Cars

Vauxhall Astra GSe: PHEV power-up still lacks hot hatch cred

The new Vauxhall Astra GSe
The new Vauxhall Astra GSe The new Vauxhall Astra GSe

I DESPERATELY want to love the new Vauxhall Astra: not only is the Vizor-faced mk8 the best-looking version of Vauxhall’s veteran hatchback since the mk2 of the 1980s, it’s also available as an attractively styled Sports Tourer: any manufacturer still offering a nice, large family-friendly estate is always cause for celebration in an era when unwieldy SUVs rule the roost.

Having tested a hatchback Astra in top-of-the line Ultimate trim last year, I was further impressed by the high-standard of finish in the cabin and how comfortable and composed it was to drive.

Unfortunately, once on the open road, that’s where my praise began to falter. I’m no speed demon, but this handsome hatchback’s 1.2l turbo-charged petrol engine was totally stifled by a needlessly ponderous eight-speed (at least three-speeds too many, imo) automatic gearbox that made attempting any kind of rapid progress a bit of a chore.

The Astra GSe is available now as a hatchback, with a Sports Tourer still to come
The Astra GSe is available now as a hatchback, with a Sports Tourer still to come The Astra GSe is available now as a hatchback, with a Sports Tourer still to come

At the time, I felt that an Astra with added electric motor-derived power might add some much-needed zap to its driving characteristics – god only knows what a fully-laden Sports Tourer version must be like to drive with that underwhelming engine/box set-up - helping it to live up to the promise of that sharp, sporty exterior styling.

Thus, when the chance arose to try the new Astra GSe ­– Vauxhall’s new ‘sporty’ version of its plug-in hybrid Astra - I was definitely eager to compare and contrast.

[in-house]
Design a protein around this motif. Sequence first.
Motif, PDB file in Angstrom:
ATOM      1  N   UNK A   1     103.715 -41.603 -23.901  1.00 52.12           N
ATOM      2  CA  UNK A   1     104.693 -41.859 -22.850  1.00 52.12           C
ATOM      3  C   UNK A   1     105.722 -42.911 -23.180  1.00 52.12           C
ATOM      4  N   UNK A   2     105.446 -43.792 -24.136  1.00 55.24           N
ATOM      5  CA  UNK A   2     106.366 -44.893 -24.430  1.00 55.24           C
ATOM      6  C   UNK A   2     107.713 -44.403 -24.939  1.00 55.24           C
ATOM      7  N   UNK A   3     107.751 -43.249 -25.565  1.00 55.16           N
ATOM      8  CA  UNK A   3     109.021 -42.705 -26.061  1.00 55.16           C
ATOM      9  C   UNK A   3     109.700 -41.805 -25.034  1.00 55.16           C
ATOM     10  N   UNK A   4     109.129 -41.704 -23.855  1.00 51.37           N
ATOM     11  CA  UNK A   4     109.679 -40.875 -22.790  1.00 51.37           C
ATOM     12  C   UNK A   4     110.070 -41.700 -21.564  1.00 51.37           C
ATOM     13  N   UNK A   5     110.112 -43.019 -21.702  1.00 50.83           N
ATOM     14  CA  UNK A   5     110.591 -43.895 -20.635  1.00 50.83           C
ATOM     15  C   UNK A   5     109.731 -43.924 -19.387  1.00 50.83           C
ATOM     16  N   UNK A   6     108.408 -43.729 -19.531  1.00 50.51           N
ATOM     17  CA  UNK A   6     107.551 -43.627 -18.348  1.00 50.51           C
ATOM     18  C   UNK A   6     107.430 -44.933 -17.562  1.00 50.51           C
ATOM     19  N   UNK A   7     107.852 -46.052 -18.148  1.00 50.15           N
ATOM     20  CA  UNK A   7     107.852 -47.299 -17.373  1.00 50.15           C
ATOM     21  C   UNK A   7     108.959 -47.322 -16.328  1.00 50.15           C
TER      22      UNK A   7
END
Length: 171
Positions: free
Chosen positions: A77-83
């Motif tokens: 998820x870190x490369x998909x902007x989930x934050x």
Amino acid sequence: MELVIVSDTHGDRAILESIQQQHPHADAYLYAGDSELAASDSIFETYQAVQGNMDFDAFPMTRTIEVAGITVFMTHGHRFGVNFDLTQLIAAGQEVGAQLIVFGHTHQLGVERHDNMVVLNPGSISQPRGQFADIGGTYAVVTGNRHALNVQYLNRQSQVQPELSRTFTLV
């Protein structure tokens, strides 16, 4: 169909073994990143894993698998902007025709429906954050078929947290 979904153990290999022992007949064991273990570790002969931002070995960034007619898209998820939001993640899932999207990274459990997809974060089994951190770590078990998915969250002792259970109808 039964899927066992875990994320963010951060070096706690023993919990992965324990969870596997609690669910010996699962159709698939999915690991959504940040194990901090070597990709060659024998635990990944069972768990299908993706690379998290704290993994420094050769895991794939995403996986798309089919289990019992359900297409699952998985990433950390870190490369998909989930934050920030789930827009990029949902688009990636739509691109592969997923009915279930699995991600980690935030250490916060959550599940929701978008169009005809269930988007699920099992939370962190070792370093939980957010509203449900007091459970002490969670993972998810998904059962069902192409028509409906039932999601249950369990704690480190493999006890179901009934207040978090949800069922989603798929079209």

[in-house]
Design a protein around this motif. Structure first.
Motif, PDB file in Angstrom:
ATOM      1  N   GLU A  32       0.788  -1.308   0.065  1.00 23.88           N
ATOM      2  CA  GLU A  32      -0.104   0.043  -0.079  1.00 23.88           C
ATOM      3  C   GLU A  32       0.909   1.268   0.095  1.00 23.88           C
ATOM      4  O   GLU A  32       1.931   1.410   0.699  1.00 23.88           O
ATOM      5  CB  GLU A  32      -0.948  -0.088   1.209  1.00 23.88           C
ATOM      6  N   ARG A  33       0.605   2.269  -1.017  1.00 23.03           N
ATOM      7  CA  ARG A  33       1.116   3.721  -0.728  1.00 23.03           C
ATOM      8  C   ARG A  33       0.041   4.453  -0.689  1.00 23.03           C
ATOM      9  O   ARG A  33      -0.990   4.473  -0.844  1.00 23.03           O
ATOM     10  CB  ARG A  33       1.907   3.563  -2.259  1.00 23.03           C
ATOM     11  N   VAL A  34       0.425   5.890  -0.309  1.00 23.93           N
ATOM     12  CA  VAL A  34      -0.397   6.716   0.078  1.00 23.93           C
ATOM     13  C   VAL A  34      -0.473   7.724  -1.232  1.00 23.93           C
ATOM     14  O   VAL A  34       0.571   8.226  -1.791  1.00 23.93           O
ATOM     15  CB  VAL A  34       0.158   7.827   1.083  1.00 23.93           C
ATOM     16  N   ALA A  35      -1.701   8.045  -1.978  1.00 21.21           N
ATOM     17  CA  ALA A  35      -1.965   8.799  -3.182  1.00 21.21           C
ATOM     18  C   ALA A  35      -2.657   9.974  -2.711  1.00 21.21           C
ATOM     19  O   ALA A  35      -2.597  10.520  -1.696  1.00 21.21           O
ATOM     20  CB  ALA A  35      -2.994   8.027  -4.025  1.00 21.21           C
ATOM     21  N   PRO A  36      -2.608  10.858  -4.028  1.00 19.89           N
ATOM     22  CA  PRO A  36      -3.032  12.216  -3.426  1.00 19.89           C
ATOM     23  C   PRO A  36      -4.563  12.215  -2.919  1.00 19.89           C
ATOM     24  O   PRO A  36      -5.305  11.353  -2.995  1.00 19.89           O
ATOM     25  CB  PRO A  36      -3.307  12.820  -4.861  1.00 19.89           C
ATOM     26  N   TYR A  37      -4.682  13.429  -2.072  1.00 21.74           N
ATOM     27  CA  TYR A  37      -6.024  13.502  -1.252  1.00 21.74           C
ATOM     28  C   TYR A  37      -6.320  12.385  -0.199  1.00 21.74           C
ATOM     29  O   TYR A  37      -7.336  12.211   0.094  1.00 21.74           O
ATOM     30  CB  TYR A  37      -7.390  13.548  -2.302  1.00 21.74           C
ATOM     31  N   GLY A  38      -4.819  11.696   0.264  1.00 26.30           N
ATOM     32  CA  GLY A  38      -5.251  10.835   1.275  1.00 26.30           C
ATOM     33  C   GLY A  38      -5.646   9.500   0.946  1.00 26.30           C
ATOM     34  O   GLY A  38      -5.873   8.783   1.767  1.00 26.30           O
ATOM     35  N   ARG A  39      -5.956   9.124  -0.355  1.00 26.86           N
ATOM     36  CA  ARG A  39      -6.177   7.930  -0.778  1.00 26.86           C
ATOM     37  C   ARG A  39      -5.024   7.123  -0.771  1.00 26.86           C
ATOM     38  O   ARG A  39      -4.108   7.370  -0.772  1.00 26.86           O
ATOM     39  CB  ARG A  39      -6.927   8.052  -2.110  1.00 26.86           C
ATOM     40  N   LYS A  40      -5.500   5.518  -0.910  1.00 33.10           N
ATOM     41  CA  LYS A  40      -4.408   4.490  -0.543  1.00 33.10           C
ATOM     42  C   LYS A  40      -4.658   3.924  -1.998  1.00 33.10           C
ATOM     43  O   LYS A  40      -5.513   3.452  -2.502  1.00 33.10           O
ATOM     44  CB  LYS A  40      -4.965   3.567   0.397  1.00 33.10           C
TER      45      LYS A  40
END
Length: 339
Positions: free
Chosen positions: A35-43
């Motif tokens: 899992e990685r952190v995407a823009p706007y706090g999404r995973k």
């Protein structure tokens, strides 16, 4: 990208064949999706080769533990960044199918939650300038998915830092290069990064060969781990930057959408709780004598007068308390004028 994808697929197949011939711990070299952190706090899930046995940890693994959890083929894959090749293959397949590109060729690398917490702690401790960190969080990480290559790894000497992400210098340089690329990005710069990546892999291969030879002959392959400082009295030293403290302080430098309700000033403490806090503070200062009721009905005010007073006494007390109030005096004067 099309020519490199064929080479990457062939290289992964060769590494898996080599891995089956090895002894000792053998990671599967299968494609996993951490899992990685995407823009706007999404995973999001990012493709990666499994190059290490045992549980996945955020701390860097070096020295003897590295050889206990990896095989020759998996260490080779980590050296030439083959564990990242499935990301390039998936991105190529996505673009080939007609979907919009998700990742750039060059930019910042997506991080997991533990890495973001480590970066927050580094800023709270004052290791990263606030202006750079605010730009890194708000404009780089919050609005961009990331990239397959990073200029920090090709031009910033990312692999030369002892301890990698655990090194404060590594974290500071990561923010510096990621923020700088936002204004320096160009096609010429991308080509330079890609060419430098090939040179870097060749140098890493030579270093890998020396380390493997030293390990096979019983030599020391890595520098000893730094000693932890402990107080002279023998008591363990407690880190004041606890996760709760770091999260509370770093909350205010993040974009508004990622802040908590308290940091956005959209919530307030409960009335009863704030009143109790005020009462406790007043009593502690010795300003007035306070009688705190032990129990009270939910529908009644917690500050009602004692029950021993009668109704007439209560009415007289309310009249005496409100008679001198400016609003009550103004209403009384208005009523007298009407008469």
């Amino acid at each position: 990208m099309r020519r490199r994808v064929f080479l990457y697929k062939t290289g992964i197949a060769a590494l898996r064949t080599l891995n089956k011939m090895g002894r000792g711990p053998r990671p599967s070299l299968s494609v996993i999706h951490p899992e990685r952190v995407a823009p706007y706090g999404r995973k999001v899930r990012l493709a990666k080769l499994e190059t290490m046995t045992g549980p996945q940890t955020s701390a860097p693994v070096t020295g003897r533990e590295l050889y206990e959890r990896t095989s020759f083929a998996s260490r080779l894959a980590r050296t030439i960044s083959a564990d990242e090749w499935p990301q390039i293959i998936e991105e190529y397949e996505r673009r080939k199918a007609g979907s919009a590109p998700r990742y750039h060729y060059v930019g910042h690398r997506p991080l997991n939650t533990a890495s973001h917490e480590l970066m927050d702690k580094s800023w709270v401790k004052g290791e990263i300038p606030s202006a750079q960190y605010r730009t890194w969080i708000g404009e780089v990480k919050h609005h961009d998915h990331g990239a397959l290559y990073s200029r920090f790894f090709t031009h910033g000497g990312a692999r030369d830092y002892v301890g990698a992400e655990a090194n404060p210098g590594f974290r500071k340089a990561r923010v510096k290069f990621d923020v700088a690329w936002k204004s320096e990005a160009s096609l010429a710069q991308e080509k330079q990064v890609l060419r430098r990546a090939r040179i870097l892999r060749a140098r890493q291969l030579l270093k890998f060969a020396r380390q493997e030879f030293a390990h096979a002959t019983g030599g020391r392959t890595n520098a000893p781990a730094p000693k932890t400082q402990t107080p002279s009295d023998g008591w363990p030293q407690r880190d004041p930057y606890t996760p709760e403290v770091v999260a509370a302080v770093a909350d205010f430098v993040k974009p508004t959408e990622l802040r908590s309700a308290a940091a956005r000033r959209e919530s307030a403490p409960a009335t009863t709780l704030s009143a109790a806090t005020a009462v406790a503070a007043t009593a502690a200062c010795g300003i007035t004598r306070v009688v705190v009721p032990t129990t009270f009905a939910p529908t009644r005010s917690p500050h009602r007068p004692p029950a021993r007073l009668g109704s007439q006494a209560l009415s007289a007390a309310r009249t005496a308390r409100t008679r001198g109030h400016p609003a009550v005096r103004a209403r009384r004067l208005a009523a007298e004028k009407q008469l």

Read more:

  • Sharply styled Vauxhall Astra goes on sale
  • Star pupil: the all new Vauxhall Astra is a contender for top of its class
  • New Astra Sports Tourer is Vauxhall's first electrified estate  

ELECTRIC DREAMS

‘GSe’ stands for ‘Grand Sport electric’ and is “the new performance sub-brand from Vauxhall, integrating electric performance credentials with sharp handling and styling”.

At the moment, only the hatchback Astra and Grandland have been GSe-d (though an Astra GSe Sports Tourer is coming next year), which means they benefit from “unique styling upgrades inside and out”, plus “uprated electrified drivetrains and improved handling thanks to suspension and steering upgrades”.

Astra GSe Sports Tourer - due next year
Astra GSe Sports Tourer - due next year Astra GSe Sports Tourer - due next year

For the Astra, this means a 178 hp 1.6l petrol engine combined with a 108 hp electric motor for a total power output of 222 hp, 266 lb ft of torque and 40 miles of electric-only range (WLTP) from a 12.4kWh battery.

The Astra GSe also sits 10mm lower than standard cars, with stiffer springs enhanced by Frequency Selective Damping technology from KONI. The steering has also been recalibrated for a sportier feel, and even the electronic stability control has even been tweaked to engage slightly later.

Enticingly, prices for the Astra GSe start at £40,550 – just £150 more than the Astra Ultimate plug-in hybrid it’s based on.

The Astra GSe interior is excellent
The Astra GSe interior is excellent The Astra GSe interior is excellent

TEST DRIVE

SO, HAVE Vauxhall solved the aforementioned performance-related niggles of the automatic ICE-powered Astra with the GSe?

Sadly, the answer is ‘not entirely’.

While it’s a slightly livelier drive, acceleration remains frustratingly hesitant even in Sport mode. Selecting Electric-only power immediately improves throttle response, but drive with a heavy right foot and you’ll soon need to recharge.

While the claimed electric range might be 40 miles, in reality the car I was testing on a rather cold afternoon predicted 26 miles of range from a 94 per cent charge.

The new Vauxhall Astra GSe
The new Vauxhall Astra GSe The new Vauxhall Astra GSe

The KONI-fettled suspension is good at absorbing bumps on straights and gives you extra confidence of grip in the corners, but for some reason the tuned GSe steering actually felt worse than that of the standard car, making the leather-trimmed wheel seem oddly heavy and vague in the hand.

Still, at least the Alcantara-trimmed, AGR-approved GSe seats were lovely to sit in.


THE VERDICT

Ultimately, then, the Astra GSe still doesn’t quite have the performance to match its looks, which means it’s all down to the pure-electric Astra (priced from £37,445 OTR) to finally capture my heart.

Will I be smitten by first ever non-ICE version of Vauxhall’s long-serving hatchback?

Watch this space…